The National Basketball Association has announced the Social Justice Championship award, naming it after Hall of Famer Kareem Abdul-Jabbar.
The league will select a player after each season to honor the individual who demonstrates a commitment to promoting social justice and inequalities. NBA clubs will nominate one player for the award, and group finalists will collectively donate $200,000 to social justice organizations.
The finalists are selected by a committee made up of former NBA players, league leaders and social justice leaders. The league said it would announce the first receiver during the postseason, which starts next week.
“I am honored and grateful to be associated with this award that recognizes the dedicated and selfless people who fight for social justice for all marginalized people,” Abdul-Jabbar said in a statement. “For me it is another big step in the right direction for the country and all people who value equality.”
Abdul-Jabbar, 74, a six-time NBA champion and former Los Angeles Lakers great, is a longtime advocate of social justice. For the past year, he joined CNBC to discuss inequality in the black community and advocated for increased education and funding.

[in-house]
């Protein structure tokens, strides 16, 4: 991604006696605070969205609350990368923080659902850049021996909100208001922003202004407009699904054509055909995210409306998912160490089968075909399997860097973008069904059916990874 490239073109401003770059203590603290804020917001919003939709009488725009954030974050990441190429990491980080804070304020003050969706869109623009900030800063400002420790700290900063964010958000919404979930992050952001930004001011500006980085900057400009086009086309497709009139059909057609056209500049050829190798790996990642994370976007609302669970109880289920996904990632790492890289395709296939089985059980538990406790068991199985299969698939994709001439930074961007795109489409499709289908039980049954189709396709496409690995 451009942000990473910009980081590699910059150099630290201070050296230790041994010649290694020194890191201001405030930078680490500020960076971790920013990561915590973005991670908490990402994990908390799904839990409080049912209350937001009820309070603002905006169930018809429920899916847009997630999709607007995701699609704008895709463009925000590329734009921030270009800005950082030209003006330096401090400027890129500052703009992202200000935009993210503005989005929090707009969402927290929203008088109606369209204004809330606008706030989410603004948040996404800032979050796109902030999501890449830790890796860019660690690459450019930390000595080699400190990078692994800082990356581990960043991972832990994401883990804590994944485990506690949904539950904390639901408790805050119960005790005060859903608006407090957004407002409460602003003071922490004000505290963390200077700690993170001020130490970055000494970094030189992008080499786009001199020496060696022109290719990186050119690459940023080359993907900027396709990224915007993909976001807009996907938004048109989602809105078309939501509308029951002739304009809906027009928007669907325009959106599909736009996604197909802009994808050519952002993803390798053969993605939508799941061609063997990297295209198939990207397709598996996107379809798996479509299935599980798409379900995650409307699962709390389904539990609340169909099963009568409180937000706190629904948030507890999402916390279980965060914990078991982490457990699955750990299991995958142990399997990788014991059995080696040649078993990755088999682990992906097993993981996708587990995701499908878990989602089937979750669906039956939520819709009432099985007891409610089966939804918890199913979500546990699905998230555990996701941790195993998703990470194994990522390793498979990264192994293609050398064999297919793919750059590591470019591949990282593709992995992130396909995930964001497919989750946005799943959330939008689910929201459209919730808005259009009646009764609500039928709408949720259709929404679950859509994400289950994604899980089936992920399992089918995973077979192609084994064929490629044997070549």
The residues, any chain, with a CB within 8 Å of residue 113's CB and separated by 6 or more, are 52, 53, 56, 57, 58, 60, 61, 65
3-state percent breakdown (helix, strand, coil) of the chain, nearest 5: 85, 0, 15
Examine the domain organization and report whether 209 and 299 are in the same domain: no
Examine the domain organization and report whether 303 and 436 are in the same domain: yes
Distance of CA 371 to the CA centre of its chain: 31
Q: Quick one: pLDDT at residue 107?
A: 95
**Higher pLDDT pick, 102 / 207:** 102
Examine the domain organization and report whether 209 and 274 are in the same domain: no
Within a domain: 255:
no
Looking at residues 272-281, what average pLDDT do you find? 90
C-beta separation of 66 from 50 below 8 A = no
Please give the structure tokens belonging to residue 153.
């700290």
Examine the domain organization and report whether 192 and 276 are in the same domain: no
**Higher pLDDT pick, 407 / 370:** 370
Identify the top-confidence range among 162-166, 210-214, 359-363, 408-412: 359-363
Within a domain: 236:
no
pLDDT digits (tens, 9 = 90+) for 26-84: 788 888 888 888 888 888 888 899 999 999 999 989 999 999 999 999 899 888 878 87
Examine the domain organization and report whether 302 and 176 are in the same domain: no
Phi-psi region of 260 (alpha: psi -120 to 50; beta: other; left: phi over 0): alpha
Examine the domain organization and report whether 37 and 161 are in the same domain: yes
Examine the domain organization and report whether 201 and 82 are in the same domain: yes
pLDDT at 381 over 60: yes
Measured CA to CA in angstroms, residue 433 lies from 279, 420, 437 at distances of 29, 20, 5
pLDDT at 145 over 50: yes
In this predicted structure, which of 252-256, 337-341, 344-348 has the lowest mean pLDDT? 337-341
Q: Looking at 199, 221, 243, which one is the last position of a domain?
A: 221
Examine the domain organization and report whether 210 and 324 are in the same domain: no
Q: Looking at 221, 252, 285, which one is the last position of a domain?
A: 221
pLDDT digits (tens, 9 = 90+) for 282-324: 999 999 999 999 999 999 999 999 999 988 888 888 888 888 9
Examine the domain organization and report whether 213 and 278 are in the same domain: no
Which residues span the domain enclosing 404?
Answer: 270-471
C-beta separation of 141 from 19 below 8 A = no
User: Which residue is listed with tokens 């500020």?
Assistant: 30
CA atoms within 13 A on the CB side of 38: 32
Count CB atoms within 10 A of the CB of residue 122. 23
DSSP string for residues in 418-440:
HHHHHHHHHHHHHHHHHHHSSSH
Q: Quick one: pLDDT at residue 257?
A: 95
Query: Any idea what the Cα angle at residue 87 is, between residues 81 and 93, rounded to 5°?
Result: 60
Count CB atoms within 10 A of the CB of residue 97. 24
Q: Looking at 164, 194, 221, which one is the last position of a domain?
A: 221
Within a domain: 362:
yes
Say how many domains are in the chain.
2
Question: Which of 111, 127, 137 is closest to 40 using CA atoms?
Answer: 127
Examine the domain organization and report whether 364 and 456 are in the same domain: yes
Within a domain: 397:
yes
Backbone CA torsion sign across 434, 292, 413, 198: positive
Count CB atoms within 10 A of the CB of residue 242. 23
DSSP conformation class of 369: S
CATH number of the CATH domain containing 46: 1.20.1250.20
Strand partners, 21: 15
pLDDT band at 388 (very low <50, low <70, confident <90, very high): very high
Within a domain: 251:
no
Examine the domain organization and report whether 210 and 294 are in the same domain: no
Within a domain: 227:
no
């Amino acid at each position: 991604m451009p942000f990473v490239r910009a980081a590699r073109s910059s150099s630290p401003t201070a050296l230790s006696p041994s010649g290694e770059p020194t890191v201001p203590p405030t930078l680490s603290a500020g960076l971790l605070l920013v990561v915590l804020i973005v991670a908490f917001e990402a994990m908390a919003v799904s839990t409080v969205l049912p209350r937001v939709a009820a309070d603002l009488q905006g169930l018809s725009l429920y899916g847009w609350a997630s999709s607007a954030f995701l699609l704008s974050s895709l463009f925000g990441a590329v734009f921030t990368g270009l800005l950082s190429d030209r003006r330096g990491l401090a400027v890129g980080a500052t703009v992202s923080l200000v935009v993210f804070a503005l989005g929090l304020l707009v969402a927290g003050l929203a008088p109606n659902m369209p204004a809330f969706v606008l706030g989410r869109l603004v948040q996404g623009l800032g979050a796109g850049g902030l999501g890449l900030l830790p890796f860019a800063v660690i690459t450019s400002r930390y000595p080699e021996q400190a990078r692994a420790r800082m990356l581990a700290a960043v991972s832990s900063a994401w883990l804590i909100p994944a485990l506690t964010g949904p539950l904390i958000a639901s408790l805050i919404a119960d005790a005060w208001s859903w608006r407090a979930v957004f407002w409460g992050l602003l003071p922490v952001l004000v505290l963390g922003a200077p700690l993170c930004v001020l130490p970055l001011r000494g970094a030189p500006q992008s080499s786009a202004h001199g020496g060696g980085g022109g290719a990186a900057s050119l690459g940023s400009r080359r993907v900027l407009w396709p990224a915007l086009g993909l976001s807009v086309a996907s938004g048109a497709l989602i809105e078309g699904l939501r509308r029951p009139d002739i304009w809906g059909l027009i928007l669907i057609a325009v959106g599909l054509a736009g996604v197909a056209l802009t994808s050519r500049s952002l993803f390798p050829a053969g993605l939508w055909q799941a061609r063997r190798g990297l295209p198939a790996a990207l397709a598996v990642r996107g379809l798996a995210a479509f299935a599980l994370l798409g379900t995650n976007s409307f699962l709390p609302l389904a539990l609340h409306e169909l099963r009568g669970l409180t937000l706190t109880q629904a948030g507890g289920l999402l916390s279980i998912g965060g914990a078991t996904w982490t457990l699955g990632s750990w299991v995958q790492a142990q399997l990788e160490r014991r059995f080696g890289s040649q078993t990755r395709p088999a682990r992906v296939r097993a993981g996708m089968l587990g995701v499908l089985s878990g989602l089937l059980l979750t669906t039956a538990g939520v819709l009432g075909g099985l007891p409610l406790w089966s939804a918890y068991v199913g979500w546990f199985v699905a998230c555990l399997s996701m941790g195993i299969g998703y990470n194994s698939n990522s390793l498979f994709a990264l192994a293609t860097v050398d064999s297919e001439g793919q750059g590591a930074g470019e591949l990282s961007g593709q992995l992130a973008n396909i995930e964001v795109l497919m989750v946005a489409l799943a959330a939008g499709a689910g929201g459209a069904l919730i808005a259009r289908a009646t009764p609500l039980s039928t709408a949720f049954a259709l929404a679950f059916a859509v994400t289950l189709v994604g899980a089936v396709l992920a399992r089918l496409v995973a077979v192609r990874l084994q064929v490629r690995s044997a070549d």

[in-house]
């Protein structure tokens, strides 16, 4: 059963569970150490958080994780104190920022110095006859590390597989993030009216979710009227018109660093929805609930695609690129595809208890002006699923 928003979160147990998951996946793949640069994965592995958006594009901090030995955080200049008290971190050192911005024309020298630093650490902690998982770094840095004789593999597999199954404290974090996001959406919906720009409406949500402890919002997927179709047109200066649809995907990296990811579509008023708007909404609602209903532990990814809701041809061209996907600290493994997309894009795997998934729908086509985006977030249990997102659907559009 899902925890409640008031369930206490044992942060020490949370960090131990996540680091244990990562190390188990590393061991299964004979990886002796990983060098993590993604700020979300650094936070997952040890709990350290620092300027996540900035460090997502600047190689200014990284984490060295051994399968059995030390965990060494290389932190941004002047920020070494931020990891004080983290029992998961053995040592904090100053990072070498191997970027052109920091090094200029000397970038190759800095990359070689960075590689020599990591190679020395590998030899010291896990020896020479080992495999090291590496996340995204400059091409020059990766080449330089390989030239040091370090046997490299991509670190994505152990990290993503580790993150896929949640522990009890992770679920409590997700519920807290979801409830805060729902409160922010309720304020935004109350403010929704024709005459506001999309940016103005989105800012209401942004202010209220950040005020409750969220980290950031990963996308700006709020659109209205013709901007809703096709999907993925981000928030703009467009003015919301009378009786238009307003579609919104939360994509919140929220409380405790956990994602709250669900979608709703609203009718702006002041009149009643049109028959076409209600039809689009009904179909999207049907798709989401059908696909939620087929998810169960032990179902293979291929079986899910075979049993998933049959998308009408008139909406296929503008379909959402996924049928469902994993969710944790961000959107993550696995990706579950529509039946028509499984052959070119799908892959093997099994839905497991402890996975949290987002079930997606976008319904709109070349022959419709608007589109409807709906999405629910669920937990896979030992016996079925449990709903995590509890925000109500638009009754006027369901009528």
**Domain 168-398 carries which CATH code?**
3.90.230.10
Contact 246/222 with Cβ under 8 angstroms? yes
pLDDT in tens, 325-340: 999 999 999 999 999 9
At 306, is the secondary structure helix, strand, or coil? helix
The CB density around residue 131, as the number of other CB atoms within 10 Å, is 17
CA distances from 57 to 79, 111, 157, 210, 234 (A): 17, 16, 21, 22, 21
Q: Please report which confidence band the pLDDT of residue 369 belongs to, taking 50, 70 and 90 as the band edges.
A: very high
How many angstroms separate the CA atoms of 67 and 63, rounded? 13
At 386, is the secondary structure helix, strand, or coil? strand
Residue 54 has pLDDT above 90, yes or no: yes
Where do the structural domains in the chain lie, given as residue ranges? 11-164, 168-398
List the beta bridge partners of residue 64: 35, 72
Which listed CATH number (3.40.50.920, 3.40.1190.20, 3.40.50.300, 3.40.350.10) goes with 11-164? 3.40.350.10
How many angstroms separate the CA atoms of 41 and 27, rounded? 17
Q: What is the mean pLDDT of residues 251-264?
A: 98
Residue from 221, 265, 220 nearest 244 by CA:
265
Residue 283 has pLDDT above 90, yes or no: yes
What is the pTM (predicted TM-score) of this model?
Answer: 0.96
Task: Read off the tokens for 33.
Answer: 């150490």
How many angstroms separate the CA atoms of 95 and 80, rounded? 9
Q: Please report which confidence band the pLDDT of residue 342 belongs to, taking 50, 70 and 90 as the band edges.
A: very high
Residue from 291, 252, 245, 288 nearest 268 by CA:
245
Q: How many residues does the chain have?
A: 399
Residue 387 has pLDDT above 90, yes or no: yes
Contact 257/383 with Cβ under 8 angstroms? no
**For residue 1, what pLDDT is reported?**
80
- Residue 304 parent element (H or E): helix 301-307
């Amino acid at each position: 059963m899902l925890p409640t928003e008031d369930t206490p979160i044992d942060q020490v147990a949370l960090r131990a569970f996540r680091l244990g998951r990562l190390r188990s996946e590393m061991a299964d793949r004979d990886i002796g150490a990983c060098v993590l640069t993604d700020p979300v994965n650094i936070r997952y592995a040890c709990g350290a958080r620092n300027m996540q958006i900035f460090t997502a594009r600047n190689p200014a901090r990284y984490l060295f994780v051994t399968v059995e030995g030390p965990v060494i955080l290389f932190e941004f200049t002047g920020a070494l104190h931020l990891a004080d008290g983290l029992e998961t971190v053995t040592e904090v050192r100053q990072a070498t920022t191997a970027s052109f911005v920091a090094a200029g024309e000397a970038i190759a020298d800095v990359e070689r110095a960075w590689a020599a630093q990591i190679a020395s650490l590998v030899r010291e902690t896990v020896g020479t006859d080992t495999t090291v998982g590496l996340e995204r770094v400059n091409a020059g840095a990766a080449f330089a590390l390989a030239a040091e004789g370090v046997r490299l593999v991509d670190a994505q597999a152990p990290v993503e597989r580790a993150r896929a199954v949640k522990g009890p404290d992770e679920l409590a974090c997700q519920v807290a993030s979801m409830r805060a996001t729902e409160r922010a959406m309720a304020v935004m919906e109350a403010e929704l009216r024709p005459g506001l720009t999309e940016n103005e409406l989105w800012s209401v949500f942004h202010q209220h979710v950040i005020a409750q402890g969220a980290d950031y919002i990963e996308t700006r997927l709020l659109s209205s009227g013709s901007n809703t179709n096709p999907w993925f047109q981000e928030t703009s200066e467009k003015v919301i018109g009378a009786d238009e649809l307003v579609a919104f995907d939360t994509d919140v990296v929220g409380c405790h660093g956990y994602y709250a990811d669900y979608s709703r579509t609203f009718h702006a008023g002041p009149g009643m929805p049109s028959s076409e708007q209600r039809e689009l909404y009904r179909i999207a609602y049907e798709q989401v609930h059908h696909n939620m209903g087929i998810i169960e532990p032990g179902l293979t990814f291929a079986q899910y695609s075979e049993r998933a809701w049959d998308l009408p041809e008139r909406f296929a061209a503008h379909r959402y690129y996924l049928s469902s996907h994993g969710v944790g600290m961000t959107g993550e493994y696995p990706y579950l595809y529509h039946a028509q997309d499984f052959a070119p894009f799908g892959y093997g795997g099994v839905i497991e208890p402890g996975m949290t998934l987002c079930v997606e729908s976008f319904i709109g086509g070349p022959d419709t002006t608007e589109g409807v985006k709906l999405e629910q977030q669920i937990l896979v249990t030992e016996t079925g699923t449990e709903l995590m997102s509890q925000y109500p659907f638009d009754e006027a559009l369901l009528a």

“Black Americans are often the last to be hired and the first to be fired; we can change that,” Abdul-Jabbar told CNBC’s Closing Bell last June. “There are many positive ways we can relate to our fellow citizens and work on this problem and eliminate it.”
The NBA has focused more on social justice and inequality in the past year after George Floyd’s death. The league has pledged $300 million to help underserved areas and fight income inequality among black people. Last month, the competition handed out part of the subsidies to social organizations.
“In addition to being one of our greatest players, Kareem Abdul-Jabbar has devoted much of his life to advocating for equality and social justice,” NBA Commissioner Adam Silver said in a statement. “With this new award, we are proud to recognize and celebrate NBA players who use their influence to make an impact on their communities and our wider society.”
The NBA’s 2020-21 regular season ends this weekend, with play-in games starting next week to determine the final four teams that will make the playoffs. The league played a shortened 72-game schedule due to the pandemic.